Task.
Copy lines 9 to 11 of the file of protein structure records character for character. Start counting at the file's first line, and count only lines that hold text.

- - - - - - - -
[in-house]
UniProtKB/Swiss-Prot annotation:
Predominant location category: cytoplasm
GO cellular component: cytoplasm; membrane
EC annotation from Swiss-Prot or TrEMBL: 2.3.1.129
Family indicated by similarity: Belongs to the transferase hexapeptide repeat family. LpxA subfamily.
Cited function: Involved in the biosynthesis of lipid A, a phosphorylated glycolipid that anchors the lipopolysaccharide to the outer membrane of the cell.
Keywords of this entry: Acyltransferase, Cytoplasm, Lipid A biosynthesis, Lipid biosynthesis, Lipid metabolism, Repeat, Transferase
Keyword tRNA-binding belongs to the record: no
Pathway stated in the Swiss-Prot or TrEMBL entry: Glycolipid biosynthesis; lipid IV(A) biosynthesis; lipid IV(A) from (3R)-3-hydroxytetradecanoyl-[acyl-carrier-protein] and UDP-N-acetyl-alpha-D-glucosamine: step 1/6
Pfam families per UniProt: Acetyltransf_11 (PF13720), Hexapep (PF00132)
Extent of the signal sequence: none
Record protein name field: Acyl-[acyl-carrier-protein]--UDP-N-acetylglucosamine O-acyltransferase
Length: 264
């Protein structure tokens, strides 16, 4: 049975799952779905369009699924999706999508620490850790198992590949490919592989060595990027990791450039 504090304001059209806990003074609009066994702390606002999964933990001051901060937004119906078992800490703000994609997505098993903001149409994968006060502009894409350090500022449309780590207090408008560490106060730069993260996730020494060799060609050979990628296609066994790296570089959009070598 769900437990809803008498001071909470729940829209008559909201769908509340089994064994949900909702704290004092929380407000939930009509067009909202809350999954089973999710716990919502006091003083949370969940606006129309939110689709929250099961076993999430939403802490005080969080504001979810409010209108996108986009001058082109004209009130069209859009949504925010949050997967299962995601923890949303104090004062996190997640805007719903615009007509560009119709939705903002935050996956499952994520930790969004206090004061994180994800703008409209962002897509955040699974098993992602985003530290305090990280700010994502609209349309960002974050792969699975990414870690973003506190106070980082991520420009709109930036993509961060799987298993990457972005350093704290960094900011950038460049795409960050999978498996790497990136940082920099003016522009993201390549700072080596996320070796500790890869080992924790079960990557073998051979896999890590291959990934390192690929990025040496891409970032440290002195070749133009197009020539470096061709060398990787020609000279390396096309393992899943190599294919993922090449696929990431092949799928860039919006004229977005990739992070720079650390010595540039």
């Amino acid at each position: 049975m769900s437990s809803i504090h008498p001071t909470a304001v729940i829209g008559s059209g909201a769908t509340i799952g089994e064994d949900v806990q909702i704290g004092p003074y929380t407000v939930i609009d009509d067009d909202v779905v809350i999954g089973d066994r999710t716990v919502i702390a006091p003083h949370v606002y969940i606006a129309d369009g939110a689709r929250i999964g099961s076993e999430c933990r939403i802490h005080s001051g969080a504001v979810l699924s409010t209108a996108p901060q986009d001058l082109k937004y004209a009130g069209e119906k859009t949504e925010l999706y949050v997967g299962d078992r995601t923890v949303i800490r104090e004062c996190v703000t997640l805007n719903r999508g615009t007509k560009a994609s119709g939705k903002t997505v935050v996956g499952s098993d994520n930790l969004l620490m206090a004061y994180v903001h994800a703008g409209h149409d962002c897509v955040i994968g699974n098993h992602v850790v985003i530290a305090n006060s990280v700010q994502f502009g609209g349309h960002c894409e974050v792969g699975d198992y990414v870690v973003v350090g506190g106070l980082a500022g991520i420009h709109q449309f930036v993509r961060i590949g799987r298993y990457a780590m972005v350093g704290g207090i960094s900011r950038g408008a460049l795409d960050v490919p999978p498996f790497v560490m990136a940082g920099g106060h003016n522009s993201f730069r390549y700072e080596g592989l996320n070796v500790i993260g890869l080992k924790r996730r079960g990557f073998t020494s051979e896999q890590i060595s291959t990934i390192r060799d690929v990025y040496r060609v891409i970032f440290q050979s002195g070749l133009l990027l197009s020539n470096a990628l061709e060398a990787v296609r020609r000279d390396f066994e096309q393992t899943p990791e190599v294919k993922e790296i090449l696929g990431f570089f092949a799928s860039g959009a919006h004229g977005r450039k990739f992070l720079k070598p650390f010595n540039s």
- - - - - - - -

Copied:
Keyword tRNA-binding belongs to the record: no
Pathway stated in the Swiss-Prot or TrEMBL entry: Glycolipid biosynthesis; lipid IV(A) biosynthesis; lipid IV(A) from (3R)-3-hydroxytetradecanoyl-[acyl-carrier-protein] and UDP-N-acetyl-alpha-D-glucosamine: step 1/6
Pfam families per UniProt: Acetyltransf_11 (PF13720), Hexapep (PF00132)